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Orphans and schooling in africa: a longitudinal analysis


  • David Evans
  • Edward Miguel



AIDS deaths could have a major impact on economic development by affecting the human capital accumulation of the next generation. We estimate the impact of parent death on primary school participation using an unusual five-year panel data set of over 20,000 Kenyan children. There is a substantial decrease in school participation following a parent death, and a smaller drop before the death (presumably due to pre-death morbidity). Estimated impacts are smaller in specifications without individual fixed effects, suggesting that estimates based on cross-sectional data are biased toward zero. Effects are largest for children whose mothers died, and those with low baseline academic performance.
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  • David Evans & Edward Miguel, 2007. "Orphans and schooling in africa: a longitudinal analysis," Demography, Springer;Population Association of America (PAA), vol. 44(1), pages 35-57, February.
  • Handle: RePEc:spr:demogr:v:44:y:2007:i:1:p:35-57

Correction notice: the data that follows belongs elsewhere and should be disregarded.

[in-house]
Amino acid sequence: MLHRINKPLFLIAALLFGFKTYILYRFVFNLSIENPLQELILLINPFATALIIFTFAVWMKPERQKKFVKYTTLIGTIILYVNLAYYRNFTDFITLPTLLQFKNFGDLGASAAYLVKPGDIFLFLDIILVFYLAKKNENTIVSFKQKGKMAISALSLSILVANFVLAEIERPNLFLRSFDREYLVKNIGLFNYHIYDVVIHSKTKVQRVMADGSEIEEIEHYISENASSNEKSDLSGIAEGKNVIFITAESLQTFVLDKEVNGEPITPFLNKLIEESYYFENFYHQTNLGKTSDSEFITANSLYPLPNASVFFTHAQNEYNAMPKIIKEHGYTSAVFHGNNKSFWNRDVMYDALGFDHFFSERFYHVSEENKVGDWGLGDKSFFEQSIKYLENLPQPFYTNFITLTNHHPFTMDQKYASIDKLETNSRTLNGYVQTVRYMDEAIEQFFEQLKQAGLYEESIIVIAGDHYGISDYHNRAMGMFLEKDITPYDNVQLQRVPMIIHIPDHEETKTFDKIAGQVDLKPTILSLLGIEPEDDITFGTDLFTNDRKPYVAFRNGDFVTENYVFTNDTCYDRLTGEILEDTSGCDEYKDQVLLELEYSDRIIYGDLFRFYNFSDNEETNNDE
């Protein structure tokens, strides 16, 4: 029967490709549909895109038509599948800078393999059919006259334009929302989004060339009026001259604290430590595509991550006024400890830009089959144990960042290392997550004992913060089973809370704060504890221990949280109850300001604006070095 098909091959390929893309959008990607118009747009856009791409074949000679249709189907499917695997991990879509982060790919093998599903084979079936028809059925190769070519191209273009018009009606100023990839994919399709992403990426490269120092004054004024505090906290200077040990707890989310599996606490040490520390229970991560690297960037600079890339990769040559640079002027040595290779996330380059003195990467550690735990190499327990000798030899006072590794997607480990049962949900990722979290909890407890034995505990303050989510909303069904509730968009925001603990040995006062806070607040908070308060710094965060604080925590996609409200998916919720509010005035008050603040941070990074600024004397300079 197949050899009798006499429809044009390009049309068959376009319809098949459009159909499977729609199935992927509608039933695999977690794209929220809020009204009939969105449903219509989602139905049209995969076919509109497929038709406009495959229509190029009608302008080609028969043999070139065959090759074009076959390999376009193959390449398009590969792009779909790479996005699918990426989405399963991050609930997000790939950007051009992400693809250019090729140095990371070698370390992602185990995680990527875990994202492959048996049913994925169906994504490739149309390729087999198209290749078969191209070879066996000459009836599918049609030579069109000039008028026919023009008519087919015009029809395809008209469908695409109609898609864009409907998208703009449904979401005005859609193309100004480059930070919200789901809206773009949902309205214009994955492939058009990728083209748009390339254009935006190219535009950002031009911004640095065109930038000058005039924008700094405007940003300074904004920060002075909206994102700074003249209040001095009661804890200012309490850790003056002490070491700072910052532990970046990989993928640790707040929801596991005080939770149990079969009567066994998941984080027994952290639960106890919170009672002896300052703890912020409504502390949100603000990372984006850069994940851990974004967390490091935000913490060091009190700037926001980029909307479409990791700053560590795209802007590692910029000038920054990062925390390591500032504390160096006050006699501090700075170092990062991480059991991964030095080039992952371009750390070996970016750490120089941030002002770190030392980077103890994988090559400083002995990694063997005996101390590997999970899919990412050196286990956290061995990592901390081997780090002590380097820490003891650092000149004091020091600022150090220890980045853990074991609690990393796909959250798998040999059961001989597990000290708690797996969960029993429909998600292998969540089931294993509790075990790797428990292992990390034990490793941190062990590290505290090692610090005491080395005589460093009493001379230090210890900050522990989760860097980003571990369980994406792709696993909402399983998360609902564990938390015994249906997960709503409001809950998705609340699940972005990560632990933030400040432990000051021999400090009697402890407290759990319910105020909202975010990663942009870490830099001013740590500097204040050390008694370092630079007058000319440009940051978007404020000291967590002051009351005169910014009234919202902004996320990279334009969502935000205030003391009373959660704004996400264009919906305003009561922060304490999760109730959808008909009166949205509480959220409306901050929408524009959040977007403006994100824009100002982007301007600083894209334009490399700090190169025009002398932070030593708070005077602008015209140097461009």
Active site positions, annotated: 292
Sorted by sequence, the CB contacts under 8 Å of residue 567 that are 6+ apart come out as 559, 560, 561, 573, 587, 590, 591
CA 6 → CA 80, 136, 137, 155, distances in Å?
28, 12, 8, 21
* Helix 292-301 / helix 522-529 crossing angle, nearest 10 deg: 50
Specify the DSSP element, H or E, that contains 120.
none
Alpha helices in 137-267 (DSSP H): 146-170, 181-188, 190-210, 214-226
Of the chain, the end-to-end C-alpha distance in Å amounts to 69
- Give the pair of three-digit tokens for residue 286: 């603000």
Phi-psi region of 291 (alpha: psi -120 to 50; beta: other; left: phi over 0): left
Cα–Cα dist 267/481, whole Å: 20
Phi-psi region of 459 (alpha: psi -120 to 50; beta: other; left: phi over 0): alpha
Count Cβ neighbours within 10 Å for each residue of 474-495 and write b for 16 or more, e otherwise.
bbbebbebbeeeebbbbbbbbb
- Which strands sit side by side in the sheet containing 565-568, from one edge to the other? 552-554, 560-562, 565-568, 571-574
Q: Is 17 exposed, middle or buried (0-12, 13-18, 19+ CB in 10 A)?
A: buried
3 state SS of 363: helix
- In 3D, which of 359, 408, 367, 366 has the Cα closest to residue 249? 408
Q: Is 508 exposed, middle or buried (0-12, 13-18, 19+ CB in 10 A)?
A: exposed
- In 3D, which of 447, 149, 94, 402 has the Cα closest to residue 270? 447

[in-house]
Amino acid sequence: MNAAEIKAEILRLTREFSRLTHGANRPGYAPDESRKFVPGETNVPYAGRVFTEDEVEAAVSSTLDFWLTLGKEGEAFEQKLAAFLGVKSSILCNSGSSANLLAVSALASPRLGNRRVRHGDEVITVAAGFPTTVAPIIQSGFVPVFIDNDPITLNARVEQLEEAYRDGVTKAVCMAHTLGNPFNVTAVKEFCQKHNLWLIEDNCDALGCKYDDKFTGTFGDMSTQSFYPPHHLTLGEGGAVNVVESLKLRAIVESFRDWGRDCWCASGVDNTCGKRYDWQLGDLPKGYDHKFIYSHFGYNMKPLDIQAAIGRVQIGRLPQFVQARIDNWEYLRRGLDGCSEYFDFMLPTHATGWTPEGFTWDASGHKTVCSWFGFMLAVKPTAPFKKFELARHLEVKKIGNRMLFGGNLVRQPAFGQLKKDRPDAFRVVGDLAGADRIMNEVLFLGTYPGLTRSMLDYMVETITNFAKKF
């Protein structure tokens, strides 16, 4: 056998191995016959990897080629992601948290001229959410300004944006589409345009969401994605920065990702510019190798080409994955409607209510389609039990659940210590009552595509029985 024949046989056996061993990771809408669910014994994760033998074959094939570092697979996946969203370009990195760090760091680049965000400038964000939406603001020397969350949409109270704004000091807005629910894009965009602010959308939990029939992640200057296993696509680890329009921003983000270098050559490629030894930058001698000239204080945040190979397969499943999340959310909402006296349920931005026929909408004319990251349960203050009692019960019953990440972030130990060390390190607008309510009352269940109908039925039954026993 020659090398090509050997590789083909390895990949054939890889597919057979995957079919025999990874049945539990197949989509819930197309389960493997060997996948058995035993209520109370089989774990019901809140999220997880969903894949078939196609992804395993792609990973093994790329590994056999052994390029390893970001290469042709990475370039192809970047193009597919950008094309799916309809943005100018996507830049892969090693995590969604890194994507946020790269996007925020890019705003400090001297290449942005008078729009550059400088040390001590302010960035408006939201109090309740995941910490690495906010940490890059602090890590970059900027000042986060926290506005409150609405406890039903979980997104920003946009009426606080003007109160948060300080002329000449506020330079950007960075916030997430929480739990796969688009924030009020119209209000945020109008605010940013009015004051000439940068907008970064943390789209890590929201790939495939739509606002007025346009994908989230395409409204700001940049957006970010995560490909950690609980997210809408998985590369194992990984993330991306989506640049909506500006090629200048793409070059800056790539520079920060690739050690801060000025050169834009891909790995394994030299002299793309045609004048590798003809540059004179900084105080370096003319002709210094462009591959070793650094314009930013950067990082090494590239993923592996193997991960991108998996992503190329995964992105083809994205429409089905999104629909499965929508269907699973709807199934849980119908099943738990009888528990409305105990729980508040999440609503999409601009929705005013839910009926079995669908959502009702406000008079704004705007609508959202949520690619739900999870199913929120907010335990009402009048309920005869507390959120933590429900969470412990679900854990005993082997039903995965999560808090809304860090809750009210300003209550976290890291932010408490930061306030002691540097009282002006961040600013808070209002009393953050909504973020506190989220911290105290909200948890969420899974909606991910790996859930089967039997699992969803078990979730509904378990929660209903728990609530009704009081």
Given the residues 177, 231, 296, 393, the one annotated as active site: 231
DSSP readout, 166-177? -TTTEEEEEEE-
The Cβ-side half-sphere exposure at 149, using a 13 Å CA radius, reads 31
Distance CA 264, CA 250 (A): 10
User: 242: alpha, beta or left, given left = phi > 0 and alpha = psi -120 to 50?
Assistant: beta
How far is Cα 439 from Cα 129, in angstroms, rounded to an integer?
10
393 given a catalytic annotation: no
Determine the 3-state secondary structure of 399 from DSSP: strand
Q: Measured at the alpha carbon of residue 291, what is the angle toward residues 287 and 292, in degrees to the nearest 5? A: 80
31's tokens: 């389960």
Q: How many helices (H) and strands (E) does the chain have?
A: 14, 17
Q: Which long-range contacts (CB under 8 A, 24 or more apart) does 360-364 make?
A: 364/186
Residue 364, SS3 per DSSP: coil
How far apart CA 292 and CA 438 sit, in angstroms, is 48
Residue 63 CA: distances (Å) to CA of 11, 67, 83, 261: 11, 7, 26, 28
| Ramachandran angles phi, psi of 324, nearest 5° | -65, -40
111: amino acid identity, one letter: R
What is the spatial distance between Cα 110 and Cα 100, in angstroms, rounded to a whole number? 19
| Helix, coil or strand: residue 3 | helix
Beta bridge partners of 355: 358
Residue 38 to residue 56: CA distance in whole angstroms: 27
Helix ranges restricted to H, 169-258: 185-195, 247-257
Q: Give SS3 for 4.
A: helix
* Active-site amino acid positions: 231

DOI: 10.1353/dem.2007.0002

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    References listed on IDEAS

    1. Aigner, Dennis J., 1973. "Regression with a binary independent variable subject to errors of observation," Journal of Econometrics, Elsevier, vol. 1(1), pages 49-59, March.
    2. Edward Miguel & Michael Kremer, 2004. "Worms: Identifying Impacts on Education and Health in the Presence of Treatment Externalities," Econometrica, Econometric Society, vol. 72(1), pages 159-217, January.
    3. repec:pri:cheawb:case_paxson_orphansafrica is not listed on IDEAS
    4. World Bank, 2002. "Education and HIV / AIDS : A Window of Hope," World Bank Publications, The World Bank, number 14073.
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